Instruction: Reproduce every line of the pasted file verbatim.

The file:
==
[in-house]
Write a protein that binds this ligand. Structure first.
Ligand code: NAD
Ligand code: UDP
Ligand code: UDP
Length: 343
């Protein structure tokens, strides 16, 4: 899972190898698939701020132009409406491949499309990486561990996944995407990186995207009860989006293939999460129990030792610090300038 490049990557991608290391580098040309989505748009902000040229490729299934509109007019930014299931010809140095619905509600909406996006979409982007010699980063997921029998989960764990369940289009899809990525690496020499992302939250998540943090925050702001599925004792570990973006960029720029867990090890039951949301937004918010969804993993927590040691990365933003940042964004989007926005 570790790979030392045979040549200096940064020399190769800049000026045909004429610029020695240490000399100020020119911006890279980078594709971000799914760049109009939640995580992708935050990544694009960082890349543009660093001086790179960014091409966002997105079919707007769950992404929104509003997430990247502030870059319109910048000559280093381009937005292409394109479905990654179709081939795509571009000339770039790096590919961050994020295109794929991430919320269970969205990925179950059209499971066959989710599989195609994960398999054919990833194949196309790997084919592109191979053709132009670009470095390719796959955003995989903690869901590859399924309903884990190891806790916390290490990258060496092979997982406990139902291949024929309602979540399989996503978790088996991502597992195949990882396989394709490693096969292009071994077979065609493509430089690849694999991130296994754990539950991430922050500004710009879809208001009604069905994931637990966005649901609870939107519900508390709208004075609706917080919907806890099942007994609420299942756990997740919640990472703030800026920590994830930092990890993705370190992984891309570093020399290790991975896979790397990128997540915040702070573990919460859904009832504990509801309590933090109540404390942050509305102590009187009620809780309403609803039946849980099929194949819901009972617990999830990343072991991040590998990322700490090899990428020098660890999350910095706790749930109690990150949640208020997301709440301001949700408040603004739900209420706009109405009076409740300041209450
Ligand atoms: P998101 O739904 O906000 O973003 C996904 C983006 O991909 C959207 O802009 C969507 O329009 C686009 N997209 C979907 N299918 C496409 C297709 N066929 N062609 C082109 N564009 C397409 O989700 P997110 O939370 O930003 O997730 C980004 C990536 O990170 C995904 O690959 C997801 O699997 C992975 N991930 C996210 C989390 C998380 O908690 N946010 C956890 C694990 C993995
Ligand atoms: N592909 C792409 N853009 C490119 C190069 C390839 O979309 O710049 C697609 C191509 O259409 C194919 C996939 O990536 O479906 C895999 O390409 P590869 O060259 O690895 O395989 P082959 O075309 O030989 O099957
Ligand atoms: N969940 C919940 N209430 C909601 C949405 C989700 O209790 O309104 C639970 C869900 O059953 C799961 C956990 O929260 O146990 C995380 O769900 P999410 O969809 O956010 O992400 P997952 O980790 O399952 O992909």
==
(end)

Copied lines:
[in-house]
Write a protein that binds this ligand. Structure first.
Ligand code: NAD
Ligand code: UDP
Ligand code: UDP
Length: 343
């Protein structure tokens, strides 16, 4: 899972190898698939701020132009409406491949499309990486561990996944995407990186995207009860989006293939999460129990030792610090300038 490049990557991608290391580098040309989505748009902000040229490729299934509109007019930014299931010809140095619905509600909406996006979409982007010699980063997921029998989960764990369940289009899809990525690496020499992302939250998540943090925050702001599925004792570990973006960029720029867990090890039951949301937004918010969804993993927590040691990365933003940042964004989007926005 570790790979030392045979040549200096940064020399190769800049000026045909004429610029020695240490000399100020020119911006890279980078594709971000799914760049109009939640995580992708935050990544694009960082890349543009660093001086790179960014091409966002997105079919707007769950992404929104509003997430990247502030870059319109910048000559280093381009937005292409394109479905990654179709081939795509571009000339770039790096590919961050994020295109794929991430919320269970969205990925179950059209499971066959989710599989195609994960398999054919990833194949196309790997084919592109191979053709132009670009470095390719796959955003995989903690869901590859399924309903884990190891806790916390290490990258060496092979997982406990139902291949024929309602979540399989996503978790088996991502597992195949990882396989394709490693096969292009071994077979065609493509430089690849694999991130296994754990539950991430922050500004710009879809208001009604069905994931637990966005649901609870939107519900508390709208004075609706917080919907806890099942007994609420299942756990997740919640990472703030800026920590994830930092990890993705370190992984891309570093020399290790991975896979790397990128997540915040702070573990919460859904009832504990509801309590933090109540404390942050509305102590009187009620809780309403609803039946849980099929194949819901009972617990999830990343072991991040590998990322700490090899990428020098660890999350910095706790749930109690990150949640208020997301709440301001949700408040603004739900209420706009109405009076409740300041209450
Ligand atoms: P998101 O739904 O906000 O973003 C996904 C983006 O991909 C959207 O802009 C969507 O329009 C686009 N997209 C979907 N299918 C496409 C297709 N066929 N062609 C082109 N564009 C397409 O989700 P997110 O939370 O930003 O997730 C980004 C990536 O990170 C995904 O690959 C997801 O699997 C992975 N991930 C996210 C989390 C998380 O908690 N946010 C956890 C694990 C993995
Ligand atoms: N592909 C792409 N853009 C490119 C190069 C390839 O979309 O710049 C697609 C191509 O259409 C194919 C996939 O990536 O479906 C895999 O390409 P590869 O060259 O690895 O395989 P082959 O075309 O030989 O099957
Ligand atoms: N969940 C919940 N209430 C909601 C949405 C989700 O209790 O309104 C639970 C869900 O059953 C799961 C956990 O929260 O146990 C995380 O769900 P999410 O969809 O956010 O992400 P997952 O980790 O399952 O992909």